Valentine Warner’s easy fish soup

Valentine Warner shows just how simple a good fish soup can be in the final part of his Times Kitchen video series

This is just the kind of thing I’ve often made on a boat with only the bare essentials. There are times when fish stock is called for, but remember, if there is enough fish meat to water, there is your flavoursome stock. I made this when filming, and it went down a storm after we nearly went down in a storm.

Serves 4


3 tablespoons olive oil
1 medium leek, thinly sliced into 5mm rounds
1 medium bulb of fennel, halved and medium diced (taking off the outer layer is often unnecessary; remove it only if stringy)2 fresh bay leaves
1 teaspoon fennel seeds
6 black peppercorns
1/2 teaspoon dried rosemary
2 cloves of good garlic, very finely sliced
200ml dry white wine
1.2 litres water
2 teaspoons flaked sea salt
400g Maris Piper potatoes, peeled and diced a little smaller than mouthful size
500g sea bass, bream, gurnard, cod, or a mixture, filleted, skinned and cut into large pieces
3 tablespoons chopped fresh parsley
good crusty bread, to serve

For the garlic mayonnaise
8 tablespoons shop-bought mayonnaise, such as Hellmann’s
1 teaspoon Dijon mustard
1 free-range egg yolk
2 tablespoons good olive oil
a small squeeze of fresh lemon juice
3 cloves of good hard garlic, chopped and smushed with a little
flaked sea salt


1. Pour the olive oil into a large pan or soup pot, then put it over a medium heat and sweat the leek with the fennel, bay leaves, fennel seeds, peppercorns and rosemary for 10 minutes or so, stirring often, until nearly tender. Stir in the garlic and cook for a further 2 minutes.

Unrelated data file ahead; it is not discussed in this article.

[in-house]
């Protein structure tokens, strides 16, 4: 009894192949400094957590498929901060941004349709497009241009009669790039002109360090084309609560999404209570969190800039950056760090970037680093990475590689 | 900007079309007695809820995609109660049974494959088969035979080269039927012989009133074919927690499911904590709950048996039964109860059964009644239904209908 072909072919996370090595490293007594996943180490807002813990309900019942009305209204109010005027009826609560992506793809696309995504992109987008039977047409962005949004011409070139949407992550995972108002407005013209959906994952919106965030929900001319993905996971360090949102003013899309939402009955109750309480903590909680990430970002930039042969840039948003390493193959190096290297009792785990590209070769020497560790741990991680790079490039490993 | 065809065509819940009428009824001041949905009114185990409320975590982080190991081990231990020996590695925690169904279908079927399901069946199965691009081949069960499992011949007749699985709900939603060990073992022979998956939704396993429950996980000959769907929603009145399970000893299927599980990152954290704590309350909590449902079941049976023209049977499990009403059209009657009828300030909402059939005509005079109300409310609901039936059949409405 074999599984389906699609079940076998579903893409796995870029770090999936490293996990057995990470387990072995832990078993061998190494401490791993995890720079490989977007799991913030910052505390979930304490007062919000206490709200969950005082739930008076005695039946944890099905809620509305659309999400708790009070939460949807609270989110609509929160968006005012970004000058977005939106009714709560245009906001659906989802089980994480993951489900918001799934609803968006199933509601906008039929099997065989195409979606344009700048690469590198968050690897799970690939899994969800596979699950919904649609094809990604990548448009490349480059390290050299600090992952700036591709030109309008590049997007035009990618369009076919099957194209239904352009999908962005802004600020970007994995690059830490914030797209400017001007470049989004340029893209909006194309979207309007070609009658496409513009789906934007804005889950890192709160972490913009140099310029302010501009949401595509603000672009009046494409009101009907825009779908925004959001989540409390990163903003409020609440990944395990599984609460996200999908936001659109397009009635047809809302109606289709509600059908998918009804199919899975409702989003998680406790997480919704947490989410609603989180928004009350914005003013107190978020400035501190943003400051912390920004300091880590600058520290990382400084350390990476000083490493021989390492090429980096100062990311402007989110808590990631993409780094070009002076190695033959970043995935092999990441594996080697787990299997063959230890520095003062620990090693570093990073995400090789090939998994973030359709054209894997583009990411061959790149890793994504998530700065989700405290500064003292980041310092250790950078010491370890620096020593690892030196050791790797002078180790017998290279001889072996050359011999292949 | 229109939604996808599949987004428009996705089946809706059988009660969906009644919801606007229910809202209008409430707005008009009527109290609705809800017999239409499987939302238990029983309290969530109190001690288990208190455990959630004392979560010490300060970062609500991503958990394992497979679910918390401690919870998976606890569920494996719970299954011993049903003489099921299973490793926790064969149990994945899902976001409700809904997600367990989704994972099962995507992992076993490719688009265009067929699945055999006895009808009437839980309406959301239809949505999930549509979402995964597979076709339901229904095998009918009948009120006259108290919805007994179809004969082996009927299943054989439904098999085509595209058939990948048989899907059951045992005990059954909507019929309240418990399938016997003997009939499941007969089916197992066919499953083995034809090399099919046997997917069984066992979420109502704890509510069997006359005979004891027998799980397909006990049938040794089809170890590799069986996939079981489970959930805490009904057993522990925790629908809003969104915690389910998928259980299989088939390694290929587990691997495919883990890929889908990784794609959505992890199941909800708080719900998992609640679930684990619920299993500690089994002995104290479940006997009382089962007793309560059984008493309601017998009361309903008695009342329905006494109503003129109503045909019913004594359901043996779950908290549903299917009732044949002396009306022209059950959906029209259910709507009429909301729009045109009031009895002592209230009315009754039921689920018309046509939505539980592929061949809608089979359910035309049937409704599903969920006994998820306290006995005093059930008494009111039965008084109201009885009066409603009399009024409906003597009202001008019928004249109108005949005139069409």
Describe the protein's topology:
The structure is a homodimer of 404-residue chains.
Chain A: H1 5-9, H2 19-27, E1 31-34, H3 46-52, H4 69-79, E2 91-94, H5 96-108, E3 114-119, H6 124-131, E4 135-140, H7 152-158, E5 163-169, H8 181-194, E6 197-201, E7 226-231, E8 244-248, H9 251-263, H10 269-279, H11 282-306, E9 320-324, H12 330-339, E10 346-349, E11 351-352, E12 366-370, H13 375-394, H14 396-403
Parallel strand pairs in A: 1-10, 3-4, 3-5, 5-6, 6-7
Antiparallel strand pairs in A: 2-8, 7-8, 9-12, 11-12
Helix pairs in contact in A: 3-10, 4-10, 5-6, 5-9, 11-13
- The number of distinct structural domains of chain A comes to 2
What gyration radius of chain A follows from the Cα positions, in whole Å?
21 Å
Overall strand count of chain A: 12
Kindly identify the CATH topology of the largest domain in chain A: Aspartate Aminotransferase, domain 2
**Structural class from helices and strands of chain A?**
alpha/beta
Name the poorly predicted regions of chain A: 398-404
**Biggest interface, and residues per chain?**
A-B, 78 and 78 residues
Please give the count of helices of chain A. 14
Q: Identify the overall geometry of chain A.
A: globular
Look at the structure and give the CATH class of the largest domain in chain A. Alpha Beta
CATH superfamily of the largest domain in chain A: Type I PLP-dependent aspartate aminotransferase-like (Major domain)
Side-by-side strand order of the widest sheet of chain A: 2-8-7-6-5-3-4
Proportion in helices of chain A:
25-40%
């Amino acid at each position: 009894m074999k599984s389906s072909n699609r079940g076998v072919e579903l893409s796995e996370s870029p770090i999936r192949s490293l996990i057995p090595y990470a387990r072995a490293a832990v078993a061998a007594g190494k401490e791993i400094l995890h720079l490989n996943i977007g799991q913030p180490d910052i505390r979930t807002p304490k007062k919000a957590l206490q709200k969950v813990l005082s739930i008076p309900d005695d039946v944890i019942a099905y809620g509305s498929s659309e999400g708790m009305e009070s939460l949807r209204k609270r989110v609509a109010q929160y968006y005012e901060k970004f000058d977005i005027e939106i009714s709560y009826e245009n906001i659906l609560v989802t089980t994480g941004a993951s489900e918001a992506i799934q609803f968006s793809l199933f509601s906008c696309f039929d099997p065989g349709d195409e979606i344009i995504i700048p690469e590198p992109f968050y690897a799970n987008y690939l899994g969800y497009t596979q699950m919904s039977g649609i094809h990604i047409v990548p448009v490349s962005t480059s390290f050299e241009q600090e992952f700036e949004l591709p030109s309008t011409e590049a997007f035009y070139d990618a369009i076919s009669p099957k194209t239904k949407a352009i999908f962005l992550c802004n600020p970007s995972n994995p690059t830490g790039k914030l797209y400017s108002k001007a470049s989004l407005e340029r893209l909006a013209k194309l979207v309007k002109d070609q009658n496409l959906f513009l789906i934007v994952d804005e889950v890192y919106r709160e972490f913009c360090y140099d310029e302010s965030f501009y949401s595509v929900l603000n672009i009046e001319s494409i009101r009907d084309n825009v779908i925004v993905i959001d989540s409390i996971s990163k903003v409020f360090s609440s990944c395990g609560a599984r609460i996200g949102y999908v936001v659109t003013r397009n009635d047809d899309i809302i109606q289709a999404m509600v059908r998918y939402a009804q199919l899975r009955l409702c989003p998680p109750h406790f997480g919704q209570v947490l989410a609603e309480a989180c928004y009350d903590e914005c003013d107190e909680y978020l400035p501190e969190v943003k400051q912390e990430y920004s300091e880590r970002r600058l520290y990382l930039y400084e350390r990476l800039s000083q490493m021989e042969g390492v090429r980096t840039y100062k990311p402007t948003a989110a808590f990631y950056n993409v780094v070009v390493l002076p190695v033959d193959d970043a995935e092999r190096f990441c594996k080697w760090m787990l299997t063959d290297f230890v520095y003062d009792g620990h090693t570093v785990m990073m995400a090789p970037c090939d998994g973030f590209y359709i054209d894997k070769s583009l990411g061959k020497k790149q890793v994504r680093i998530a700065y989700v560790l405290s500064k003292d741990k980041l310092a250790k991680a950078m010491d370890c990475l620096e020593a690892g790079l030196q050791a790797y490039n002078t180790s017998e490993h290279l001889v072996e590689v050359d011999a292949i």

2. Add the wine and bring to the boil for 3 minutes or so before adding the water, sea salt and potatoes. Bring the soup back to a simmer and cook for about 10 minutes, until the potatoes are only a fraction less than ready (try one).

3. While the potatoes are cooking, make the garlic mayonnaise. Put the mayonnaise, mustard and egg yolk into a bowl and mix together. Beat in the olive oil with a fork and drip in a little lemon juice to give it an edge. Stir in the garlic and put to one side. If you want to make the mayonnaise from scratch, then do so, but food cooked on windy beaches or in boats calls for a clever cheat now and then.

4. Drop the fish into the soup and jostle it under the water by shaking the pan a bit. Once it is simmering again I would propose cooking it for a mere 2–4 minutes, so that the fish is only just done. Add the parsley to the soup.

5. Ladle into bowls and stir in a large spoonful of the garlic mayonnaise.

6. Eat with good crusty bread.

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